Ohio AIR History Review Concepts
Terms in this set (42)
What are the Progressive Amendments
Amendments that attempted to reform problems during the Progressive Era include:
16 - income tax (to make income more fair)
17 - direct election of senators (instead of state legislators choosing them)
18 - prohibition (because alcohol was a problem)
19 - women right to vote
Why would the US want to practice imperialism?
-new markets for US goods
-new sources of raw materials
-gain power and prestige
-naval bases locations
-protect US trade
What happened during the Spanish American War?
led to by Imperialism and protecting US trade and Cuba. Teddy Roosevelt fought in this war. Started by yellow journalism, imperialism and the explosion of the Maine.
Where was the US involved in imperialism and why?
-Hawaii-increase trade and protect US businesses
-Cuba-protect US trade
-China- Open Door Policy
-Philippines- got this land from Span.Am. war, war with locals, wanted independence
What were conditions in factories like in the early 1900s?
Why were the conditions in factories allowed to go on?
Laissez Faire economics (free trade/capitalism, no government intervention). Bosses wanted to make as much money as possible.
What changes were made during the Progressive Era?
-Limit power of monopolies (anti-trust laws)
-Clean up Cities and problems of industrialization
Why did unions go on strike?
to get better wages and shorter hours
What are some positives and negatives of monopolies?
Good- sometimes brought lower prices to customers. made owners really rich
Bad- Hurt Competition, owners could do whatever they wanted
What were some effects of industrialization?
-need for imperialism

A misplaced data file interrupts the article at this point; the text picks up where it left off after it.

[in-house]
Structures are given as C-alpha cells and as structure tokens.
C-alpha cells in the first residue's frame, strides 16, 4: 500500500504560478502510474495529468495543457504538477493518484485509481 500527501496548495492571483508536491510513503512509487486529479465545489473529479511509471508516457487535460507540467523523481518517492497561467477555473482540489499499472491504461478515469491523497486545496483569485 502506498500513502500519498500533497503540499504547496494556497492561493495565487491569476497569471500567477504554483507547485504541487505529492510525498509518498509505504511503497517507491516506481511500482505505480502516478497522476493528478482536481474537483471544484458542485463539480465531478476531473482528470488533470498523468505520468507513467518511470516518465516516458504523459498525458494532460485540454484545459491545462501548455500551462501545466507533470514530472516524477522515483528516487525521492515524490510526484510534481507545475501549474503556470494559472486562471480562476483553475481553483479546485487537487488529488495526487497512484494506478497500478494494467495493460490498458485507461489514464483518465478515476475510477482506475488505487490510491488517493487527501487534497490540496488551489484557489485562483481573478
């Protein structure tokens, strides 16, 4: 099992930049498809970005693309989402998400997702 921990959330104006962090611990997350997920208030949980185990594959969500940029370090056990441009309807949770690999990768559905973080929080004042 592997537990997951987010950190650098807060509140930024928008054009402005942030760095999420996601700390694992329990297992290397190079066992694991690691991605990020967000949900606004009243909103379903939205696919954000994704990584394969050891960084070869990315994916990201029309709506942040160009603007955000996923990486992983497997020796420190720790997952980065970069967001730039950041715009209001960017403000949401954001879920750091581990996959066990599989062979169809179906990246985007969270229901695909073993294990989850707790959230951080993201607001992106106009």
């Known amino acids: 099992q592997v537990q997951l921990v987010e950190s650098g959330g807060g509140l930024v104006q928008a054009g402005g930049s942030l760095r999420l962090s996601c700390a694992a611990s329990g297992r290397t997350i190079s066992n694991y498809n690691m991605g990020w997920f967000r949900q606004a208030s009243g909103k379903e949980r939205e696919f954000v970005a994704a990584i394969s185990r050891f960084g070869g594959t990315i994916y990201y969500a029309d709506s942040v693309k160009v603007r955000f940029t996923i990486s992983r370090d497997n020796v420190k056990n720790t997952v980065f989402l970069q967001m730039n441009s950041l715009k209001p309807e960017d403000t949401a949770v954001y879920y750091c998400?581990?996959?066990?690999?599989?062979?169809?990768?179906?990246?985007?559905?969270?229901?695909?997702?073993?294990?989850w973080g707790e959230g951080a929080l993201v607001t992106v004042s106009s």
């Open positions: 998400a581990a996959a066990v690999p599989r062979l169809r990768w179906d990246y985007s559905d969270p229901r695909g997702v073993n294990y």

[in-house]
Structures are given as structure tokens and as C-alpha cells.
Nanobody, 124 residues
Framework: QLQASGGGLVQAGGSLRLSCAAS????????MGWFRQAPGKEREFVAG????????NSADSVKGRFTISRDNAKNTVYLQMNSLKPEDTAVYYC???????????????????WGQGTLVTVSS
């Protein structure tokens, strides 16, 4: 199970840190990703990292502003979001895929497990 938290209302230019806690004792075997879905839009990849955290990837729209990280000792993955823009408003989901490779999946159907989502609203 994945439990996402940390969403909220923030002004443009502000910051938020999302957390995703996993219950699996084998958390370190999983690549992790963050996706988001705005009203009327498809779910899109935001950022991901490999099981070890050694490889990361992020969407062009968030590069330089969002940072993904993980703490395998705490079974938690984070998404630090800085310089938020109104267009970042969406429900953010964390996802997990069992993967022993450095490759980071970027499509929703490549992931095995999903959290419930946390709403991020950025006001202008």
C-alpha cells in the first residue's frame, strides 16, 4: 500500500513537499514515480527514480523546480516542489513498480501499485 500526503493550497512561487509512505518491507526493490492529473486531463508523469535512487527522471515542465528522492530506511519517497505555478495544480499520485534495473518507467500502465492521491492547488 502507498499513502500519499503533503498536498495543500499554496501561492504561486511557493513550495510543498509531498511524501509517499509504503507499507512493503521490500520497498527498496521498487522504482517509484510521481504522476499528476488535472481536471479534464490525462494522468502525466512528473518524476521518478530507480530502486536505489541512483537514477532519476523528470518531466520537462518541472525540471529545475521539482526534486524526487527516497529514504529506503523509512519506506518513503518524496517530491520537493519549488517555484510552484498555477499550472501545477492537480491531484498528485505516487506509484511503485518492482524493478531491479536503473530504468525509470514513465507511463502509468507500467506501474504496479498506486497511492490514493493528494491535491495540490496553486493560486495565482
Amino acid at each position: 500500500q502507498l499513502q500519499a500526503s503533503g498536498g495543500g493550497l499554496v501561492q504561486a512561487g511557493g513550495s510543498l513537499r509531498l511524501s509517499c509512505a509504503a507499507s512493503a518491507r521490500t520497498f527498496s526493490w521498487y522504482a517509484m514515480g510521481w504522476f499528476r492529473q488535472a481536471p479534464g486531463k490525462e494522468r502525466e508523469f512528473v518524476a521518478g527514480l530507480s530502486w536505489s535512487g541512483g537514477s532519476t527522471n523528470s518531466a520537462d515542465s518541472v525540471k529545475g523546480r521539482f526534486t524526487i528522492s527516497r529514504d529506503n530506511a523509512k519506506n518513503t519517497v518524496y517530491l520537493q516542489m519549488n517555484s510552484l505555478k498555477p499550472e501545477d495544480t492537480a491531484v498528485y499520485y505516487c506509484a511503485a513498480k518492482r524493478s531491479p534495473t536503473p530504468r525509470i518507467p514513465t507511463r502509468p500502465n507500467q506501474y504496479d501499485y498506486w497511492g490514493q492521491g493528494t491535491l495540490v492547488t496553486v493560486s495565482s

-shift in population
-people have more free time
-protection of wild areas
-changes in farming
Why did people immigrate to the US (and continue to)?
-political freedom and right to vote
-chance to own land
What was the Great Migration?
African Americans move North for new opportunities and to escape discrimination of the South. Nation becomes more urban. Some race riots broke out in cities because people didn't want African Americans there and were still racist.
How did farming change in the early 1900s?
-more machinery and inventions (barbed wire)
-farm with fewer workers
-increases farming yield
-many moved to cities
Who were the populists and what did they want?
political party organized by farmers to fight for protection against industrialization
Wanted more coinage of silver to give them more money (bimetallism)
What happened to American Indians?
They were pushed off their land when the Europeans arrived to America. They kept being pushed west by settlers eventually forced onto reservations. Often they suffered (and continue to suffer) poverty, lack of education, and social problems like alcoholism. They struggle to keep their traditions and avoid being taken over completely by the US government. Groups like AIM continue to fight for Indian rights.
What organization fought for women's rights starting in the 60s?
National Organization of Women. Their goal is to help women achieve equality in all aspects of their lives including fair pay, maternity leave, divorce rights, and an end to domestic violence. Formed in 1966
What organization fought for Native American rights starting in the 60s?
American Indian Movement, formed in 1968 in response to alleged police brutality toward Native Americans. Goal is to help Native Americans get fair treatment and retain their culture.
What is a credible source? What makes it credible?
a source in which you can trust the author. To determine a credible sources you should do things like check the qualifications and reputation of the author, consider bias and the circumstances a source was written, examine the internal consistency and accuracy, and check for agreement with other credible sources.